Keyboard shortcuts are now more familiar
When Narrator is started with the usual Windows + CTRL + Enter command, the first thing that now greets you is a message that the keyboard shortcuts have changed.
While this will mean that existing Narrator users will have to learn a new set of shortcut keys, for users of more popular screen reader such as JAWS and NVDA – which is most blind users – the Narrator commands have become much more intuitive. This is a great move and streamlines the experience for people wanting to use Narrator whether as an ad-hoc or permanent screen reader solution
Narrator Quick Start Tutorial now included
When I realised that the Narrator commands I was used to no longer worked, I was initially a bit worried about the process of relearning everything. However, it turned out Microsoft had already considered this with the inclusion of a clever Quick Start tutorial wizard that breaks down the learning process to a few commands at a time. This is useful for everyone, but its especially useful for users new to screen readers. The tutorial wizard features about a dozen screens, each one providing a sandboxed environment to learn about some new commands and then try them out before progressing to the next section.
The Quick Start screens are as follows:
Welcome: a screen that explains how the Quick Start guide works.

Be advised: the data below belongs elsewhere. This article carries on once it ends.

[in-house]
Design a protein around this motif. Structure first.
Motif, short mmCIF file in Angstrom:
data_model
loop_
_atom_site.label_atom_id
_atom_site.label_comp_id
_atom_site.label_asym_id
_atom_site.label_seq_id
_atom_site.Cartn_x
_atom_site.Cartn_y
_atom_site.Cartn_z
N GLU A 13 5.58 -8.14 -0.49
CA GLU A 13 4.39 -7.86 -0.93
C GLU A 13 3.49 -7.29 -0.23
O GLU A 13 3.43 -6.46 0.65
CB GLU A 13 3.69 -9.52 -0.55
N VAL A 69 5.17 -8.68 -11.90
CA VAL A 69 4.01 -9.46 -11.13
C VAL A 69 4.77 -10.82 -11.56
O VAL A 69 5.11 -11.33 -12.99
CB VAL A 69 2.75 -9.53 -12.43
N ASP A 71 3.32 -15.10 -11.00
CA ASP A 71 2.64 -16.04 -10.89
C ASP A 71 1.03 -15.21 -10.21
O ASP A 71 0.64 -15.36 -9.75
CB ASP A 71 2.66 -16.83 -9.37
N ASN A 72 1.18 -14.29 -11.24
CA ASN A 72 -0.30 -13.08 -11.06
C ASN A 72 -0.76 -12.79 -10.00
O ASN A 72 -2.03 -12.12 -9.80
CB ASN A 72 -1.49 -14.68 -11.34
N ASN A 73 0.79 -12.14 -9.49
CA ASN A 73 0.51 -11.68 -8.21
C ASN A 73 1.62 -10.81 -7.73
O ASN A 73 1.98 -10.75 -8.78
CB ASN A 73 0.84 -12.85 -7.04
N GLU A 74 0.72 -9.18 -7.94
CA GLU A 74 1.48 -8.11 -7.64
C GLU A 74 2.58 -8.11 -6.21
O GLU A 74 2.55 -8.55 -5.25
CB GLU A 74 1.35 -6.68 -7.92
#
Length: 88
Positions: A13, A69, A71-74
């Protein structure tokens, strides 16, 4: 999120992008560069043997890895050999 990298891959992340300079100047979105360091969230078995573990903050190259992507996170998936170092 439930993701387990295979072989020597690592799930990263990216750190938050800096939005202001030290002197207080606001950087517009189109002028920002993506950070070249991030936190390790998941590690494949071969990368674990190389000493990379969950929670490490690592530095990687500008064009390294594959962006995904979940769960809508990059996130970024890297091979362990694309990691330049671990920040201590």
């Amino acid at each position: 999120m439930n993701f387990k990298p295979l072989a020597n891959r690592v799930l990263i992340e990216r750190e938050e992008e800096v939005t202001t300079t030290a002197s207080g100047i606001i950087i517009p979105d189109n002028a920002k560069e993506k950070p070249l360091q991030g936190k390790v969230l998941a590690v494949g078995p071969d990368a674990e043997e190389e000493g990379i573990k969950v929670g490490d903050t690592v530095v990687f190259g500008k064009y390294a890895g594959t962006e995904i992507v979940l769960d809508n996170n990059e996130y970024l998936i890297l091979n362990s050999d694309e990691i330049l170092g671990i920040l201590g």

Explore your keyboard: this page provides an opportunity for input learning where you can try out a key and hear Narrator explain what it does.
Scan mode: explains how the arrow keys can be used to scan around the page.
Reading words and characters: explains how Narrator can read out individual words or characters for proofing and editing.
Headings: provides a window with sample headings to move around using the ‘H’ key.
Landmarks: explains how landmarks can be useful to move between navigation, main content and search options.
Entering text: explains how Scan Mode is disabled when editing text and provides an opportunity to try it out.
Buttons: explains how Narrator can interact with checkboxes and other controls.
The Narrator key: Explains the significance of the Narrator key which like other Windows screen readers can issue commands using either CAPS LOCK or Insert.
Important Narrator commands: provides an overview of Narrator commands typically used in everyday tasks.
Try it out: provides an opportunity to try using the commands learnt through the Quick Start guide on a webpage.
Navigating Apps: highlights some general keyboard commands that are not necessarily Narrator-specific but likely to be useful.
Guide summary: an overview of the key points covered in the guide.
The great thing about the Quick Start guide is that most of the screens not only explain what the functions are but provide you with an opportunity to try out the commands while remaining inside the tutorial wizard. This means that once a user is comfortable with the command they can go to the Next button and learn the new features. While other tutorials like the Android Talkback are effective in providing an opportunity to practice in an environment away from direct interaction until the user achieves the task, Narrator has the bonus of not moving to the next option until the user is ready to do so.